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Broadband internet access has revolutionised the way we use our computers and access the internet. Rapid improvements in technology mean that we can browse websites and download information faster than ever before. However, there are still elements of broadband services that annoy users. has gathered together its customers’ top ten broadband gripes, with Michael Phillips – product director at – suggesting some simple solutions to these irritating problems.

1. Slow broadband speeds

Annoyance: Consumers rarely get the broadband speed they pay for since service providers usually fail to deliver the advertised broadband speed.

Solution: There are a number of issues that may affect broadband speeds. Consumers can download a free speed tester to find out what speed they are actually getting and then complain to their ISP if it is much slower then the service they are paying for. Consumers can also boost their broadband speed by getting a wireless router signal booster, replacing their router antenna or by adding a wireless repeater.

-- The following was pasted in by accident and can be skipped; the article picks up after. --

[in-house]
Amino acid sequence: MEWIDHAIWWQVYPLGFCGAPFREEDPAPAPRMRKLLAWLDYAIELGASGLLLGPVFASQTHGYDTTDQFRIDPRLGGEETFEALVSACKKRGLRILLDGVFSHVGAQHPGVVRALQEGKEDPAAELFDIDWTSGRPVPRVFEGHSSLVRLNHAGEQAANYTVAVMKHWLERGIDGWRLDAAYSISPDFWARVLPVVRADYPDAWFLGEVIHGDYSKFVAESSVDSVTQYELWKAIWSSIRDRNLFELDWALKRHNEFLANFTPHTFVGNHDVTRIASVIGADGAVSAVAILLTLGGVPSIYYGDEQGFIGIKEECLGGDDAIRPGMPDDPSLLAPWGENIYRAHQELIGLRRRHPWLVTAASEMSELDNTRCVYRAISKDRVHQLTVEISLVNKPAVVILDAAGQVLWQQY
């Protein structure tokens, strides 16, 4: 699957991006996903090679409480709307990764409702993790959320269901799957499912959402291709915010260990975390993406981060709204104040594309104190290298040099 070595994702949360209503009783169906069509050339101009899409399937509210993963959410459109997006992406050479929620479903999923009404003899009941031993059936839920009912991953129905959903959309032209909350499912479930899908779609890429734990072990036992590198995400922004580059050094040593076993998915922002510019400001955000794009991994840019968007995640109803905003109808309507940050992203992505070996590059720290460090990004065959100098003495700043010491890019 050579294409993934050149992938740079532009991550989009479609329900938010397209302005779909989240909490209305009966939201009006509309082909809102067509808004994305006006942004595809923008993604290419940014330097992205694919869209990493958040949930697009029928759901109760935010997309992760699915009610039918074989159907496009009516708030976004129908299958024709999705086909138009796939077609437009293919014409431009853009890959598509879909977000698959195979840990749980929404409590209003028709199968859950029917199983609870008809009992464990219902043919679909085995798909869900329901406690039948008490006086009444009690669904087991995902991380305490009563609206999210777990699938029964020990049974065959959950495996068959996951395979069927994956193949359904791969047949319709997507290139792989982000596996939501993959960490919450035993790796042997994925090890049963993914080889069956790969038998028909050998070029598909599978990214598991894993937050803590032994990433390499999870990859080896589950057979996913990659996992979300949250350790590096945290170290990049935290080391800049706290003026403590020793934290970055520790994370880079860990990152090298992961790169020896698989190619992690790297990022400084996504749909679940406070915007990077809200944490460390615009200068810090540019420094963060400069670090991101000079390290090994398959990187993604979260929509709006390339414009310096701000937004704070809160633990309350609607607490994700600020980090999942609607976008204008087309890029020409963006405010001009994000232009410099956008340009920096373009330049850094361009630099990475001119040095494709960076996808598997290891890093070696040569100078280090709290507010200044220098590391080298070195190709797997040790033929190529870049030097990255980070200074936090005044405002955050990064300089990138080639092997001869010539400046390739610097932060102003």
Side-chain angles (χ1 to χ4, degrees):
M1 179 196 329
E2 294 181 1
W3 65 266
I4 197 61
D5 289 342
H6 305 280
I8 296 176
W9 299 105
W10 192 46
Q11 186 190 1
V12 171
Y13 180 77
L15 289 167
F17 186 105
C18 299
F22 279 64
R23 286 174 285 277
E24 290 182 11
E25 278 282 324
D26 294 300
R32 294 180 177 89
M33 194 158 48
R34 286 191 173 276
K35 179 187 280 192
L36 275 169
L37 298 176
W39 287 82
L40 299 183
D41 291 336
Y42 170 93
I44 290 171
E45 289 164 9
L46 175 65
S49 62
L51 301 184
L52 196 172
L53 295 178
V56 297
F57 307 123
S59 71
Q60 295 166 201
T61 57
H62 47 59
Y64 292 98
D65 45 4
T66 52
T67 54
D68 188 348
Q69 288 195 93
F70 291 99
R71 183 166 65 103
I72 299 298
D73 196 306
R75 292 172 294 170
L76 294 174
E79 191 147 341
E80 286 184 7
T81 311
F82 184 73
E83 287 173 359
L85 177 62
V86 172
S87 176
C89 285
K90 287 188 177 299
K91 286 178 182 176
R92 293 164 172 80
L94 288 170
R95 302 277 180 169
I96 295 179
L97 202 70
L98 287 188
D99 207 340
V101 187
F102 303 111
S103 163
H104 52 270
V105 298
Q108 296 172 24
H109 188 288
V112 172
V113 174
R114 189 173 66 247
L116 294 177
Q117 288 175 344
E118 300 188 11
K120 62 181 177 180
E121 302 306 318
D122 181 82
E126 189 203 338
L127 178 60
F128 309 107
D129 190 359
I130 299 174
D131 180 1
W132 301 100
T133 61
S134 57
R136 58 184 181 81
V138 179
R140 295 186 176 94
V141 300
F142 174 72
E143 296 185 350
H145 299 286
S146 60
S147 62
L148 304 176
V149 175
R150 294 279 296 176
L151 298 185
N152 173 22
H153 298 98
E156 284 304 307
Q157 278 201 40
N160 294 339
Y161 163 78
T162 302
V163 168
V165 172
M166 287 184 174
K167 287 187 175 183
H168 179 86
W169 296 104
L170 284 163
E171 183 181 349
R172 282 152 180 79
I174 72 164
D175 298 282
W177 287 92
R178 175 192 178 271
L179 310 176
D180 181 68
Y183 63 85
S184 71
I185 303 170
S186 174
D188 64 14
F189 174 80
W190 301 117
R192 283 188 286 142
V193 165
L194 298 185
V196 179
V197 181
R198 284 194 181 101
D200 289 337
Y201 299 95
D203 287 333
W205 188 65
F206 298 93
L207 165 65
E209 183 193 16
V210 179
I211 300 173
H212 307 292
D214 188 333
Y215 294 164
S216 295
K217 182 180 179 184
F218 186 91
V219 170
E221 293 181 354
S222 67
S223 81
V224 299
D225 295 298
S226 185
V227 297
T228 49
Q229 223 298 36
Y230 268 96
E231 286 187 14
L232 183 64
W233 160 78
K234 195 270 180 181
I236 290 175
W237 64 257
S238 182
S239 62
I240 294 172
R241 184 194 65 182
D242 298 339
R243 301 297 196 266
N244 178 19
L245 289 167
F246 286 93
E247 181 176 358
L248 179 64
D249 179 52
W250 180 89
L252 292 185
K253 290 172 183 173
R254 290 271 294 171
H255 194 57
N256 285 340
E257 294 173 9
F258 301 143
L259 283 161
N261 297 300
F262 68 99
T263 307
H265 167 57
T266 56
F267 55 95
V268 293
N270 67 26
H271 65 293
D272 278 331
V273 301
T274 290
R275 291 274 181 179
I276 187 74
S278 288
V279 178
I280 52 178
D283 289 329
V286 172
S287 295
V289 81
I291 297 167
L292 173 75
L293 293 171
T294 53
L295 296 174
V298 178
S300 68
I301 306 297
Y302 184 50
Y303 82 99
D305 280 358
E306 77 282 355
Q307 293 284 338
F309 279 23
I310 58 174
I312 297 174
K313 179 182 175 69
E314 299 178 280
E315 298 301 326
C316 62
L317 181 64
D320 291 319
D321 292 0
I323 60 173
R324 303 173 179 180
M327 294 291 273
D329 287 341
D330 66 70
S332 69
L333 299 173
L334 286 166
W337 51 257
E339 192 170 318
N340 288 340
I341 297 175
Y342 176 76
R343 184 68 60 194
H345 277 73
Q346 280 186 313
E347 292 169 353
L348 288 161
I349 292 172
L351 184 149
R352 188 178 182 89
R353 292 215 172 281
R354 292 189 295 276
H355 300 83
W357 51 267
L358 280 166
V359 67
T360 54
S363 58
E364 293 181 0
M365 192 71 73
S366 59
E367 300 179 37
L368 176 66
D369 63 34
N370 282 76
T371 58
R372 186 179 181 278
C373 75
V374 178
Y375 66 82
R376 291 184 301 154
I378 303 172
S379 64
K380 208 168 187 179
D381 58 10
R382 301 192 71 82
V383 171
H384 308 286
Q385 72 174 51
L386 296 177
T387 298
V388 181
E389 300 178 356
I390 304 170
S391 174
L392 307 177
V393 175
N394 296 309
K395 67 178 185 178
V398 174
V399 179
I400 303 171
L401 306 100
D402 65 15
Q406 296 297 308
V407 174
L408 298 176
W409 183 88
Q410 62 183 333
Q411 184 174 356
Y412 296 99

2. Restrictions on Download Limits

Annoyance: Most providers advertise an ‘unlimited’ download/usage limit package but this is rarely the case. Customers’ usage will almost invariably be restricted by a ‘fair usage policy’ that aims to keep them within the allowance (this varies between providers).

Solution: Ofcom’s Voluntary Code of Practice encourages ISPs to provide consumers with information on their usage and their limit. For truly unlimited broadband, the best packages are with Be & O2 who have never restricted download limits.

3. MAC Code (required when switching providers)

Annoyance: When switching their ISP, a consumer’s exiting provider may delay sending over their MAC code (Migration Authorisation Code).